MOVING TOWARDS A CLIMATE NEUTRAL UN
4. OFFSETS Offset choice and procedure
The UN system has endeavoured to ensure that its approach to offsetting meets the highest standards of reliability and overall credibility, and contributes as much as possible to environmental protection and sustainable development. By its October 2007 decision, the UN system Chief Executives Board for Coordination chose buying offsets from the Clean Development Mechanism (CDM) to meet its future climate-neutrality goals4
This decision was based on, among others, the UN Climate Neutral Strategy5
adopted by the UN system
through the UN Environment Management Group. The Strategy specifies a set of criteria that the institu- tions of the UN system consider to be important for their offset choice, namely, additionality, verification and certification, transparency, conditions related to the time-frame and permanency of emissions re- ductions, sustainable development benefits from the projects, the need to be consistent with inter-govern- mentally accepted standards, and the importance of avoiding conflict of interests through the organiza- tion’s own projects.
From within the set of CDM projects, individual UN organizations have the flexibility to specify additional criteria that they would like projects to meet. The UN Climate Neutral Strategy identifies some such criteria, such as the promoting employment, providing addi- tional social benefits, selecting certain types of projects for their good environmental performance, the mini- mizing negative secondary environmental impacts, and supporting a specific geographical region.
In purchasing offsets, the UN system organizations have followed the relevant administrative rules and regulations that apply to the procurement of goods
4. The World Bank Group has purchased VER+ and pre-CDM emis- sion reductions credits.
This process allows for organizations to specify addi- tional criteria that they may wish the Certified Emis- sion Reduction units (CERs) to satisfy, such as those described above. In addition, the practice has been fol- lowed to purchase only CERs that have already been is- sued, to minimize risk to the UN organizations. Further- more, practice has evolved to include the requirement that offset providers carry out the function of retiring CERs so that these do not enter the organization’s ac- counting as assets. The overall process to procure off- sets is managed by the procurement department of the UN system organization in question.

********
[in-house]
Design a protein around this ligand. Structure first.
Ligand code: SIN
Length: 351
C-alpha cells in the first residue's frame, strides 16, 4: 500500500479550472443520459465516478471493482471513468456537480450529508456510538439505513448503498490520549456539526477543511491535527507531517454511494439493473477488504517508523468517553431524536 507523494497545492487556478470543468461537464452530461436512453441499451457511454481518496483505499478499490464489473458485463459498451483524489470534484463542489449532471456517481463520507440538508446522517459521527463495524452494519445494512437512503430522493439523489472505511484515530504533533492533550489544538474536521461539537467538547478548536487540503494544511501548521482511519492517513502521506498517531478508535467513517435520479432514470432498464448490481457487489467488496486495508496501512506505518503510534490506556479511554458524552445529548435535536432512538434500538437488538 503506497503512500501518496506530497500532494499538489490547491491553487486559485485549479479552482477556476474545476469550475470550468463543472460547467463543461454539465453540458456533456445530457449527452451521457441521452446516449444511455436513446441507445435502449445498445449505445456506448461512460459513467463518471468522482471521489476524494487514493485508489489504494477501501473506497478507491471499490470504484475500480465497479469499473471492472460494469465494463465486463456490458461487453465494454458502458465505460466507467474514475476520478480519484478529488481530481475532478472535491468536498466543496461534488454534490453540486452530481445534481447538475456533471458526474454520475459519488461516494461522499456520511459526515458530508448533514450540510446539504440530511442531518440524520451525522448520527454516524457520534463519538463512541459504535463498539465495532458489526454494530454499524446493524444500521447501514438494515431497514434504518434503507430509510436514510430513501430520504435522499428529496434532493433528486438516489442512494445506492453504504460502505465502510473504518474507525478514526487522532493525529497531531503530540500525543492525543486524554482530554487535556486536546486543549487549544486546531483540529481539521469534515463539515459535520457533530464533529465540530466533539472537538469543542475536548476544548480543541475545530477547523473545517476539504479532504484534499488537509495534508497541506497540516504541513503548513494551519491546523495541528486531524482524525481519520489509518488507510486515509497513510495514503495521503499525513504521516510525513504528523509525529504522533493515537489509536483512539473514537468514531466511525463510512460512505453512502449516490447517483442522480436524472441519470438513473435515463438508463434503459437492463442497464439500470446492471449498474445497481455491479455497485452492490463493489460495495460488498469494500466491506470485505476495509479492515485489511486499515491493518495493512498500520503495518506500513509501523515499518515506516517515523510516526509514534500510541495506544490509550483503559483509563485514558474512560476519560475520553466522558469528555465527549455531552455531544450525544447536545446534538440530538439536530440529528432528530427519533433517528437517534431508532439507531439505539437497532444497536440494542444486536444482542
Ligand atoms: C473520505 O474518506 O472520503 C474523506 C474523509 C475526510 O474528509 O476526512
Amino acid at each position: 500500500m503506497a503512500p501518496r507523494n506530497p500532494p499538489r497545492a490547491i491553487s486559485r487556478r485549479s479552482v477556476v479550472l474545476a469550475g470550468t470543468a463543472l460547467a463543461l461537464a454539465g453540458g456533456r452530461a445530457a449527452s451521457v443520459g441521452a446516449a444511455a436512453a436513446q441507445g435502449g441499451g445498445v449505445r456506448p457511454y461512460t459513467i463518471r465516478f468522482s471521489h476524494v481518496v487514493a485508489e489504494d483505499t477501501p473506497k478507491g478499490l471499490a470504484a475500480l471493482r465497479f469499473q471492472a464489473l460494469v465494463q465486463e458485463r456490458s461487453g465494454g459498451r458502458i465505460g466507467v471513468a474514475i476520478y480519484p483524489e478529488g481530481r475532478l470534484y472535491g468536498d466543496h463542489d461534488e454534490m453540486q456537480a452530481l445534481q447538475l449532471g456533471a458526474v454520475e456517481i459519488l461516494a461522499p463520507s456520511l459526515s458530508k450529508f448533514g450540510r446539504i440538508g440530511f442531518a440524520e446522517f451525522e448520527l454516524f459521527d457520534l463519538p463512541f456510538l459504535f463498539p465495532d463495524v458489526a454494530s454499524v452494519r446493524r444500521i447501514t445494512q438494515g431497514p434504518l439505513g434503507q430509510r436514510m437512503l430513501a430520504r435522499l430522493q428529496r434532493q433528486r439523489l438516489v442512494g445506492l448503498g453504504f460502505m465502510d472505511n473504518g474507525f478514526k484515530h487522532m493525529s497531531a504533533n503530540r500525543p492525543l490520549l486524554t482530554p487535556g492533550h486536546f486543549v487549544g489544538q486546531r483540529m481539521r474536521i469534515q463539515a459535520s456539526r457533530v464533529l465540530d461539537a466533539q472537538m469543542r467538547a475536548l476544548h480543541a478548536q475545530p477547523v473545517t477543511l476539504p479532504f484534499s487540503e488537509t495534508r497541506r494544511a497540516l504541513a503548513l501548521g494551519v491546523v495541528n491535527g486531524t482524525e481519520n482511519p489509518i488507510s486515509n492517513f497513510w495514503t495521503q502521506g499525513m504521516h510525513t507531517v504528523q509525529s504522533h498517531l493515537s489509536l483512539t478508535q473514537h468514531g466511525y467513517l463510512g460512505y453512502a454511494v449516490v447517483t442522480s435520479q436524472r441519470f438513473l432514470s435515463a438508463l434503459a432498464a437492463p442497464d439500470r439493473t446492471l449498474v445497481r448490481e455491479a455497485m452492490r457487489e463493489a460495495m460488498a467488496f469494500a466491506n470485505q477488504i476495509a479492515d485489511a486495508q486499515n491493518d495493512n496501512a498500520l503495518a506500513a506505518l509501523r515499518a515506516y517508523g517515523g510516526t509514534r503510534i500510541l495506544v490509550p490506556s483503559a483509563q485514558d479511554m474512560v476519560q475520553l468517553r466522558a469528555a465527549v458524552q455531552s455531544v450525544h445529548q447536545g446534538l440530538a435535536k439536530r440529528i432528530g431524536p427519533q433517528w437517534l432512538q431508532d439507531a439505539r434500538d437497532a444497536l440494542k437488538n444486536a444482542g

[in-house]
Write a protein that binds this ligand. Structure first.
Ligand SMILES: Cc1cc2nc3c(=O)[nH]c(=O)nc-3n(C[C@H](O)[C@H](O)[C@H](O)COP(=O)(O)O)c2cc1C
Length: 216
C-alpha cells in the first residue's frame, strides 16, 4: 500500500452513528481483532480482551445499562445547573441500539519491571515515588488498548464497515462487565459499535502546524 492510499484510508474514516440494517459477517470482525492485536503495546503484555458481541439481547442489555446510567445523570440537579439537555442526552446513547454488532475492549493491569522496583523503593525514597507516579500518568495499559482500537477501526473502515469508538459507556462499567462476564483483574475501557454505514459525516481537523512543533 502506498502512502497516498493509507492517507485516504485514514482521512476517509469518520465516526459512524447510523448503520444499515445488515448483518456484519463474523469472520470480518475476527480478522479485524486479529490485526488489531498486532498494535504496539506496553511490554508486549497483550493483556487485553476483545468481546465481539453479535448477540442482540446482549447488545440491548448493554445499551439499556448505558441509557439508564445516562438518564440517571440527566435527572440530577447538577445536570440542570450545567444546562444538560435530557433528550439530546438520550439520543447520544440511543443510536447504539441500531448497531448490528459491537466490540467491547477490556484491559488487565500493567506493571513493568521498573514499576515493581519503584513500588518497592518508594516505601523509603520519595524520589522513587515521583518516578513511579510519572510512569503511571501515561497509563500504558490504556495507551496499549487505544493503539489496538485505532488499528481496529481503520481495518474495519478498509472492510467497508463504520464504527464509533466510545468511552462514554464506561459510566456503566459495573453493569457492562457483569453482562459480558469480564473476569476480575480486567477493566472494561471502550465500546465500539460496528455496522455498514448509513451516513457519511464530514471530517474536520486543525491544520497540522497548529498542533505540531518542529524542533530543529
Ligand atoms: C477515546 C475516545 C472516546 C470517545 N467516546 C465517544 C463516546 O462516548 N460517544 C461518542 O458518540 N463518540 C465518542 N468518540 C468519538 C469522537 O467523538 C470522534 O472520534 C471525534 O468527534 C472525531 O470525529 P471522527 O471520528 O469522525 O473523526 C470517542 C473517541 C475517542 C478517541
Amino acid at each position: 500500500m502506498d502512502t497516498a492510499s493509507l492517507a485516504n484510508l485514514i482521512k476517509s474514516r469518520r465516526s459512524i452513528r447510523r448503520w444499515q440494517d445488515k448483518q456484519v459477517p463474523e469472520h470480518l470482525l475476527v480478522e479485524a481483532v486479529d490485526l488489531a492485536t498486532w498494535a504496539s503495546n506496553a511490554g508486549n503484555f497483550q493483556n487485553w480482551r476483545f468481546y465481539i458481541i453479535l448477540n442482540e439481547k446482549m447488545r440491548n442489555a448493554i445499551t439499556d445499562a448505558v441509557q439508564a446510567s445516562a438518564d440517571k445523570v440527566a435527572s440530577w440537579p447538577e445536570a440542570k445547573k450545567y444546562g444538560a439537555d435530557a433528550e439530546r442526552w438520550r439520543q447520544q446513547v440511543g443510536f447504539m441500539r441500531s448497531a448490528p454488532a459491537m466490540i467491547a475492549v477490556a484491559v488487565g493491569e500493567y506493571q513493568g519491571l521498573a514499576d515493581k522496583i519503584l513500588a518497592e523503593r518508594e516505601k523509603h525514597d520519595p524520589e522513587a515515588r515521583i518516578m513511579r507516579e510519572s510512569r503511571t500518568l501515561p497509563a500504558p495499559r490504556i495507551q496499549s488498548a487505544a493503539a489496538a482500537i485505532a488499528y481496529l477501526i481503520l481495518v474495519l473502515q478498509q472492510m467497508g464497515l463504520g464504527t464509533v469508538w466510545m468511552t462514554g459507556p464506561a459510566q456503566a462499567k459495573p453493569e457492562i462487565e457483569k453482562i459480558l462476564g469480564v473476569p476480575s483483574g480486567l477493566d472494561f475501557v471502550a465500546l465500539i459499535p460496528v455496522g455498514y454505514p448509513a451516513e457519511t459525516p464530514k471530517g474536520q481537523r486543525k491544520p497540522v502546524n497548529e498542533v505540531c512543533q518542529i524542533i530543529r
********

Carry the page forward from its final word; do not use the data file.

The price paid for offsets varies according to the market and the price offered as a result of the tendering process. The UN rules for procurement require that the solicita- tion document indicate specifications that the offsets must satisfy. During the evaluation phase, criteria are defined in advance to decide whether these specifica- tions are met. Price of offsets could be one of several cri- teria used. These criteria could include a pass/fail item, such as the requirement that offsets be generated by the CDM, or also a weighting system, if there are desirable but not essential attributes. The UN rules aim to ensure that the overall process is fair, objective and balanced.
6. For the UN Secretariat, see http://www.un.org/depts/ptd/pdf/ pm_english_08.pdf.
and services in their respective organizations6 . These
cover issues such as the identification of potential ven- dors, solicitation documents, expression of interest documents, evaluation of bids, etc. In particular, it is essential to follow an open, unbiased and transparent process for identification of potential vendors. Expres- sion of Interest documents have been posted in the usual media used by the UN for advertising upcoming procurement, on the CDM Bazaar, and by posting to relevant major email lists and other vehicles for reach- ing a broad audience.